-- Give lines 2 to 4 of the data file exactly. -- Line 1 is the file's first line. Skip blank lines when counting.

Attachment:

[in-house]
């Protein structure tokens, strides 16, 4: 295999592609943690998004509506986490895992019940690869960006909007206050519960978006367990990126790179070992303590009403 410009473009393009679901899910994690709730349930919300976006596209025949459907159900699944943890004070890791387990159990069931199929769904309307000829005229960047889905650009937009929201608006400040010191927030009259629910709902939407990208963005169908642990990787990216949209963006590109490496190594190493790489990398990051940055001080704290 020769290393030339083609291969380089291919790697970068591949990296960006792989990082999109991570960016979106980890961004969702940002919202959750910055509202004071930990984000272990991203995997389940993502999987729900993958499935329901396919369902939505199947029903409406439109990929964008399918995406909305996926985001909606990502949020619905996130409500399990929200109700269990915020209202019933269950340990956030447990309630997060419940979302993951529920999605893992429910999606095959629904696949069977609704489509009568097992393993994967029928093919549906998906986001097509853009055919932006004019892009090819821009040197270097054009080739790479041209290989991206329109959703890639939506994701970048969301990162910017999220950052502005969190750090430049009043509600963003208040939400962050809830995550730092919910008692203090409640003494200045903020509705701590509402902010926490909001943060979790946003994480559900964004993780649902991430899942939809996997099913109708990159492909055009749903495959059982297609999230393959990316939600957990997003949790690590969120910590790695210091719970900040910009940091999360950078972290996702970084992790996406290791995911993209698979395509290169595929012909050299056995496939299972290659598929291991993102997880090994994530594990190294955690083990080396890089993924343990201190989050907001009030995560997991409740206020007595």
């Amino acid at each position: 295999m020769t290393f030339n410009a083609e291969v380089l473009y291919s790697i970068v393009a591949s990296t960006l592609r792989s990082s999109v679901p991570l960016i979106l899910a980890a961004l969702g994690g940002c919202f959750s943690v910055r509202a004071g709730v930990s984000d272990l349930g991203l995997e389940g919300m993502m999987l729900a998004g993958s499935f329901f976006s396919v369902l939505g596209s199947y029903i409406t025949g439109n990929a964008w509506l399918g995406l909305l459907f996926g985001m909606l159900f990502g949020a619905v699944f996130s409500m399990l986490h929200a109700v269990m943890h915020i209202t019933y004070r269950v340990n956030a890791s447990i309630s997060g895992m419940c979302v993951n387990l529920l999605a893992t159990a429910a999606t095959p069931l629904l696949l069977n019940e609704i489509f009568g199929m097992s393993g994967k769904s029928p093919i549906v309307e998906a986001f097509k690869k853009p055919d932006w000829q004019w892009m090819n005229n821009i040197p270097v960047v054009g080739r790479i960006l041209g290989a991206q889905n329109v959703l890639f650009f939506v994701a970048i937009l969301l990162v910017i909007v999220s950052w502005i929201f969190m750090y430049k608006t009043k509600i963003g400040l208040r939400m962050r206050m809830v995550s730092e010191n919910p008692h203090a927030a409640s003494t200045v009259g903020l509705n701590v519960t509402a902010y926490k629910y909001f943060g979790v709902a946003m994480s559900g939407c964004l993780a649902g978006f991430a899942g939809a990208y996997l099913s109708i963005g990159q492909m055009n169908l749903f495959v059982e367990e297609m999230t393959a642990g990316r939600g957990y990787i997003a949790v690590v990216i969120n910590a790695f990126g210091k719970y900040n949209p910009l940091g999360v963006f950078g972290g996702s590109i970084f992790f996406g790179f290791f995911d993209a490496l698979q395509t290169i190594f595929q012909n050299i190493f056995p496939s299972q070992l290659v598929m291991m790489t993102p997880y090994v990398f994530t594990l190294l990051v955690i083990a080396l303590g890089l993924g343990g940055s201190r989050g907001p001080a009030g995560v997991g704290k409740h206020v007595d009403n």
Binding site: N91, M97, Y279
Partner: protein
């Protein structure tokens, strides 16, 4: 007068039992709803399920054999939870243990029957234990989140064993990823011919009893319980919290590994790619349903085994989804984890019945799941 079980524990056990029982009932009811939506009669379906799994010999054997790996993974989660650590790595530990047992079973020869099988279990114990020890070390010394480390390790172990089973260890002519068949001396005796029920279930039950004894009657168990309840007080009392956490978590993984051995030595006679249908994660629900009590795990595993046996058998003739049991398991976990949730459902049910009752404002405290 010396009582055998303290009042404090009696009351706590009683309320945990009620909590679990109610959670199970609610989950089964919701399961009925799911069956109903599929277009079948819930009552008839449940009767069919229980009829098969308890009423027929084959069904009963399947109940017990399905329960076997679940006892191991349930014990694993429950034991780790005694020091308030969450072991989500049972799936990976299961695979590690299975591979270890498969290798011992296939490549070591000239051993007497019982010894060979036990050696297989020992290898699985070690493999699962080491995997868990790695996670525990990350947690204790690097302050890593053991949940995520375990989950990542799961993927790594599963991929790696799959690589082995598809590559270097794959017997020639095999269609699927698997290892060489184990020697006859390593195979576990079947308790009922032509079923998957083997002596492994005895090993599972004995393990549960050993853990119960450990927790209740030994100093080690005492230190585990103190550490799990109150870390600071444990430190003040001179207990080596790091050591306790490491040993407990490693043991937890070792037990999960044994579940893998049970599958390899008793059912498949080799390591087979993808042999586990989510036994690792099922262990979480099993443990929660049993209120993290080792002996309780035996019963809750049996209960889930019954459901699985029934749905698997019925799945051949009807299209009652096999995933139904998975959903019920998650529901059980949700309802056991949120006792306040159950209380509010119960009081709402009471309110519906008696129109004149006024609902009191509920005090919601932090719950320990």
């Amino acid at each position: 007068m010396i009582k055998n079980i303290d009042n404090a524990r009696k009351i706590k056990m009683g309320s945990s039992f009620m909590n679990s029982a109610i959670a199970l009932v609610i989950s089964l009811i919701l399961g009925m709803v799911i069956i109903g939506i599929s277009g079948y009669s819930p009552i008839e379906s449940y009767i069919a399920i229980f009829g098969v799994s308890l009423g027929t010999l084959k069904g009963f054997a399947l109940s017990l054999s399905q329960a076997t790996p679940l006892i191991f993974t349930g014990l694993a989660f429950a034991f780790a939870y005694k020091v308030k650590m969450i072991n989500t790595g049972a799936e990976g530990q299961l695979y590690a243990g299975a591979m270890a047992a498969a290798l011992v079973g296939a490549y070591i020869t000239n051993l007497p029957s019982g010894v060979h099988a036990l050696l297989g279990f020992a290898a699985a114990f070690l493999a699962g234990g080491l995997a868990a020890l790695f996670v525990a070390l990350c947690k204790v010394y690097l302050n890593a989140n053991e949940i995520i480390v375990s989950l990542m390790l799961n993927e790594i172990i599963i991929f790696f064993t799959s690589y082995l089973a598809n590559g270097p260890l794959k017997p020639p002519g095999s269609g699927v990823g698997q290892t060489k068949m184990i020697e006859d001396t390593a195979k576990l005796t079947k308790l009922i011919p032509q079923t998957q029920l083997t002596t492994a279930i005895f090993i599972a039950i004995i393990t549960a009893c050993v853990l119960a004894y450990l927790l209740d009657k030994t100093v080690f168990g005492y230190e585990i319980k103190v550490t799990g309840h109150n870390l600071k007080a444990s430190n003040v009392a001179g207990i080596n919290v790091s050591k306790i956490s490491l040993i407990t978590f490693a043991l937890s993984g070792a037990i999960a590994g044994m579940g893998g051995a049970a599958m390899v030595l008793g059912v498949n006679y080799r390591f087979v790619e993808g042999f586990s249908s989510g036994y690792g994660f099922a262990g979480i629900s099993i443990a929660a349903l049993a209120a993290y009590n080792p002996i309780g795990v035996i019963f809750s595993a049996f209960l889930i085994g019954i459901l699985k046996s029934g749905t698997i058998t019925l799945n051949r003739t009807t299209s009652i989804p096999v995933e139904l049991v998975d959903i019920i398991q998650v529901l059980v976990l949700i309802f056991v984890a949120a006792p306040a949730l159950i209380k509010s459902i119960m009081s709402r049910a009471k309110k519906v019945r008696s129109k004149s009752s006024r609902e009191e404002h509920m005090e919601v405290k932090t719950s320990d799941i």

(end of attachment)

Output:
């Protein structure tokens, strides 16, 4: 295999592609943690998004509506986490895992019940690869960006909007206050519960978006367990990126790179070992303590009403 410009473009393009679901899910994690709730349930919300976006596209025949459907159900699944943890004070890791387990159990069931199929769904309307000829005229960047889905650009937009929201608006400040010191927030009259629910709902939407990208963005169908642990990787990216949209963006590109490496190594190493790489990398990051940055001080704290 020769290393030339083609291969380089291919790697970068591949990296960006792989990082999109991570960016979106980890961004969702940002919202959750910055509202004071930990984000272990991203995997389940993502999987729900993958499935329901396919369902939505199947029903409406439109990929964008399918995406909305996926985001909606990502949020619905996130409500399990929200109700269990915020209202019933269950340990956030447990309630997060419940979302993951529920999605893992429910999606095959629904696949069977609704489509009568097992393993994967029928093919549906998906986001097509853009055919932006004019892009090819821009040197270097054009080739790479041209290989991206329109959703890639939506994701970048969301990162910017999220950052502005969190750090430049009043509600963003208040939400962050809830995550730092919910008692203090409640003494200045903020509705701590509402902010926490909001943060979790946003994480559900964004993780649902991430899942939809996997099913109708990159492909055009749903495959059982297609999230393959990316939600957990997003949790690590969120910590790695210091719970900040910009940091999360950078972290996702970084992790996406290791995911993209698979395509290169595929012909050299056995496939299972290659598929291991993102997880090994994530594990190294955690083990080396890089993924343990201190989050907001009030995560997991409740206020007595």
């Amino acid at each position: 295999m020769t290393f030339n410009a083609e291969v380089l473009y291919s790697i970068v393009a591949s990296t960006l592609r792989s990082s999109v679901p991570l960016i979106l899910a980890a961004l969702g994690g940002c919202f959750s943690v910055r509202a004071g709730v930990s984000d272990l349930g991203l995997e389940g919300m993502m999987l729900a998004g993958s499935f329901f976006s396919v369902l939505g596209s199947y029903i409406t025949g439109n990929a964008w509506l399918g995406l909305l459907f996926g985001m909606l159900f990502g949020a619905v699944f996130s409500m399990l986490h929200a109700v269990m943890h915020i209202t019933y004070r269950v340990n956030a890791s447990i309630s997060g895992m419940c979302v993951n387990l529920l999605a893992t159990a429910a999606t095959p069931l629904l696949l069977n019940e609704i489509f009568g199929m097992s393993g994967k769904s029928p093919i549906v309307e998906a986001f097509k690869k853009p055919d932006w000829q004019w892009m090819n005229n821009i040197p270097v960047v054009g080739r790479i960006l041209g290989a991206q889905n329109v959703l890639f650009f939506v994701a970048i937009l969301l990162v910017i909007v999220s950052w502005i929201f969190m750090y430049k608006t009043k509600i963003g400040l208040r939400m962050r206050m809830v995550s730092e010191n919910p008692h203090a927030a409640s003494t200045v009259g903020l509705n701590v519960t509402a902010y926490k629910y909001f943060g979790v709902a946003m994480s559900g939407c964004l993780a649902g978006f991430a899942g939809a990208y996997l099913s109708i963005g990159q492909m055009n169908l749903f495959v059982e367990e297609m999230t393959a642990g990316r939600g957990y990787i997003a949790v690590v990216i969120n910590a790695f990126g210091k719970y900040n949209p910009l940091g999360v963006f950078g972290g996702s590109i970084f992790f996406g790179f290791f995911d993209a490496l698979q395509t290169i190594f595929q012909n050299i190493f056995p496939s299972q070992l290659v598929m291991m790489t993102p997880y090994v990398f994530t594990l190294l990051v955690i083990a080396l303590g890089l993924g343990g940055s201190r989050g907001p001080a009030g995560v997991g704290k409740h206020v007595d009403n």
Binding site: N91, M97, Y279